Tuesday, January 26, 2010

Dr. Seuss' Rx for Obama's health reform slump

The places you'll go!

You'll be on your way up!
You'll be seeing great sights!
You'll join the high fliers
Who soar to high heights.

You won't lag behind, because you'll have the speed.
You'll pass the whole gang and you'll soon take the lead.
Wherever you fly, you'll be the best of the best.
Wherever you go, you will top all the rest.

Except when you don't.
Because sometimes you won't.

You can get all hung up
In a prickle-ly perch.
And your gang will fly on.
You'll be left in a Lurch.

You'll come down from the Lurch
With an unpleasant bump.
And the chances are, then,
that you'll be in a Slump.
And when you are in a Slump,
You're not in for much fun.
Un-slumping yourself
Is not easily done.

You can get so confused
that you'll start in to race
down long wiggled roads at a break-necking pace
and grind for miles across weirdish wild space,
headed, I fear, toward a most useless place.

The Waiting Place ...
... for people just waiting.
Waiting for a bus to come, or a plane to go
or the mail to come, or the rain to go
or the phone to ring, or the snow to snow
or waiting around for a Yes or NO
or waiting for their hair to grow.
Everyone is just waiting."

The above excerpts come from Dr. Seuss' final, masterful book, "Oh, The Places You'll Go!," a motivational tale of overcoming life's challenges to arrive at great places.

I can't think of a better description of the present health reform slump, and of the weirdish, wild, space - the Waiting Place - in which members of Congress now find themselves. Waiting for President Obama to signal his intentions. Waiting for Speaker Pelosi and Majority Leader Reid to come up with a plan. Waiting for another chance to get health reform done, right.

(Meanwhile. Kristen Gerencher blogs in Market Watch about efforts by various stakeholders to ramp up pressure on Congress and the president to move forward on reform, including a joint letter sent yesterday to Congress and President Obama by the American Academy of Family Physicians, American College of Physicians, and American Osteopathic Association, advocating that a pathway be found to move forward on "essential" reforms to expand coverage, ensure a sufficient primary care workforce, reform payment and delivery systems, and support alternatives to the medical liability tort system.)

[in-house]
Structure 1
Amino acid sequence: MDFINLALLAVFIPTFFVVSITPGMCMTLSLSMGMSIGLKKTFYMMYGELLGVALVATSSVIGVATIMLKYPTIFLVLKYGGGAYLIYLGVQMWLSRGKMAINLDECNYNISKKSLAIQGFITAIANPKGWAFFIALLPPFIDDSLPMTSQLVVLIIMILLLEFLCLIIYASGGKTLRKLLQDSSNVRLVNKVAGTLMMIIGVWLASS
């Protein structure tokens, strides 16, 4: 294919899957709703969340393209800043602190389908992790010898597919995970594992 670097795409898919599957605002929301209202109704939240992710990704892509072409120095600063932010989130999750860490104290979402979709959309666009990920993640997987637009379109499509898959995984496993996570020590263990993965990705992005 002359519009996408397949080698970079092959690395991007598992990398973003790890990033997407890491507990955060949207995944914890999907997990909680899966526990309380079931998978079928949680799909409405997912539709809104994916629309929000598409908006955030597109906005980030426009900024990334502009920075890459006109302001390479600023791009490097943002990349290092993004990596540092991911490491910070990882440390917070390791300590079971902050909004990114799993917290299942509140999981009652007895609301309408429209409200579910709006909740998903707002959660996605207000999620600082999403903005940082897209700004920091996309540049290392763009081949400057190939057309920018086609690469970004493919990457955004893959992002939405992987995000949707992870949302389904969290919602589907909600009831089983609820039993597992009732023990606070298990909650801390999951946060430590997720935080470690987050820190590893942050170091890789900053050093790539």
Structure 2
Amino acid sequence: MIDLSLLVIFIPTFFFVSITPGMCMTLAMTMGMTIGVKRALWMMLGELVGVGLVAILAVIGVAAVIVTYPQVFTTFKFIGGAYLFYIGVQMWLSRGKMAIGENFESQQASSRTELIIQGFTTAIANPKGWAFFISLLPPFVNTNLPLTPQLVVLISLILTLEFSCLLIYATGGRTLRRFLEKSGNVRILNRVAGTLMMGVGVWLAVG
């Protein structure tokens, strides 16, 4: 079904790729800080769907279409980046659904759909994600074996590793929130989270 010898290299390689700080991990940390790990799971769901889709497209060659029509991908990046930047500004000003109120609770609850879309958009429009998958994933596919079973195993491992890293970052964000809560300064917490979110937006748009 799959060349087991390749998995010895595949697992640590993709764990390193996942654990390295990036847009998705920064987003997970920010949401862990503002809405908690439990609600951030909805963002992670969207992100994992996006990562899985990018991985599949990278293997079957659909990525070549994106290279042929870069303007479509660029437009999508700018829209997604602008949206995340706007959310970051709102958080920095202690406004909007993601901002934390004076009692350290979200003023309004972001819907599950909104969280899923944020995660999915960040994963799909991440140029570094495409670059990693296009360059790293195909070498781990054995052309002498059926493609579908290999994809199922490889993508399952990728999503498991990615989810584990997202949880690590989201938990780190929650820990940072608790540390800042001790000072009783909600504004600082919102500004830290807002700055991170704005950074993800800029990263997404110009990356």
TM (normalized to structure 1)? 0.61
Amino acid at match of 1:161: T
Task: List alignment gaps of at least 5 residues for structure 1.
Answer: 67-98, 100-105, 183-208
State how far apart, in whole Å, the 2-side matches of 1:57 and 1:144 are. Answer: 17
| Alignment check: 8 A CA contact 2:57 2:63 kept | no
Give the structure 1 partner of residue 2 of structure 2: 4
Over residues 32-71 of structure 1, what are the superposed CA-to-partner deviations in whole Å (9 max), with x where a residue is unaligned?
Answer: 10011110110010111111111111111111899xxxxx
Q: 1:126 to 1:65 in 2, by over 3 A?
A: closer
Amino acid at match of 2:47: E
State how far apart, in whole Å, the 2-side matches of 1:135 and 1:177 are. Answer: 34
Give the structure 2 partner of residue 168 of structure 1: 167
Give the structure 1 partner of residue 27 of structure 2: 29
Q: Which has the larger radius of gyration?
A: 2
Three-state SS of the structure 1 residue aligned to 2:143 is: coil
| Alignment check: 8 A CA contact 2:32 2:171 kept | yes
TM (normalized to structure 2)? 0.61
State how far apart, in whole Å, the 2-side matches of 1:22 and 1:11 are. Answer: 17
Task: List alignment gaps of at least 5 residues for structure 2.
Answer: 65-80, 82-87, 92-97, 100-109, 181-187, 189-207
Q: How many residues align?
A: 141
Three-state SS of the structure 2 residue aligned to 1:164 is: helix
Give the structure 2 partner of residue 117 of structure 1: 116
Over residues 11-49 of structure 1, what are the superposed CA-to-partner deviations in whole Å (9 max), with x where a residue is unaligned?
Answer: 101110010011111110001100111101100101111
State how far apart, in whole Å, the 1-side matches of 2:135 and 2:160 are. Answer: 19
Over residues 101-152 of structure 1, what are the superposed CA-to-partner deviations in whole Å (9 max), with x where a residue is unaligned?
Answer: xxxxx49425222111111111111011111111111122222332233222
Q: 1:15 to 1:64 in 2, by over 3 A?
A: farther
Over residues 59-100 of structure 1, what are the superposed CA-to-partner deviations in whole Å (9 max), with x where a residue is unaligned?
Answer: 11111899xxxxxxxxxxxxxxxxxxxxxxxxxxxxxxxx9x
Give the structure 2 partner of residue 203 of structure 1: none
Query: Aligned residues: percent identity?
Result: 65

Dr. Suess wraps up by saying:

"On and on you will hike.
And I know you'll hike far
And face up to your problems
Whatever they are ...

And will you succeed?
Yes, You will, indeed!
(98 and 3/4 percent guaranteed)


President Obama's State of the Union address tomorrow will tell us much about whether he can face up to his problems, regain the initiative, and move mountains to achieve comprehensive health care reform for all Americans.

Today's question: What do you think President Obama should say about health reform in his State of the Union address?

P.S. The ACP Advocate Blog is a finalist in the sixth annual Medical Weblog Awards for the Best Health Policies/Ethics Weblog. Voting begins on January 27 and will close at 12 midnight on February 14. Please take a moment to vote for the ACP Advocate Blog.


Rich Neubauer MD said...

I think this is a seminal moment for Mr. Obama and the democratic party he leads.

I think he should display the courage and conviction needed to clear a path for congressional passage of major health care reform, which is still a possibility.

True leadership is not easy and sometimes requires tough choices. I hope to see true leadership in the coming days.

Jerry M said...

The use of Dr.Seuss’ inspirational poem to cheer the Democrats on to pass healthcare for everyone would make Karl Marx proud. It is very easy to convince people that the government should do more for them but it will run out of other peoples money. The poem could also be used to cheer conservatives on who against great odds have gained a small foothold. The reason I preface my remarks this way is that we have seen no bipartisanship in this healthcare debate by the House, the Senate or the President. ACP’s support of the bills and rhetoric also indicates none as well. This leads me to predict President Obama’s approach.

His response to the Mass. election was that he had failed to explain the legislation so that the people could understand how good it was for them and his remarks about being a really good one term president indicates that he wants to stay the course even if people vote him out. Much earlier I heard him say that this would only be the first step toward a full government run healthcare system. He said in one of his autobiographical books that he had a particularly close relationship with his Marxist professors. President Obama is a Socialist ideologue and has no intention of improving the private insurance system. He is a rhetorical president who was elected for what he said not for what he had done. He was never known for reaching across the aisle. He will give a little lip service to bipartisanship only.

What I believe the people want is a real attempt to reach across and propose improvements in individual insurance by making it tax deductible, group rates across state lines, portable , to not threaten to reduce medicare spending by 30% and to propose real tort reform so that insurance would be available and affordable to all.. Healthcare in the USA is the best in the world. If you have cancer or heart disease you have the best prognosis of any nation. I take emergency room admissions and am very familiar with caring for people without insurance. It obviously would be better for me if they all had good insurance but I don’t think we should jeopardize those who have been paying for private insurance or medicare to provide full insurance to those who choose not to pay.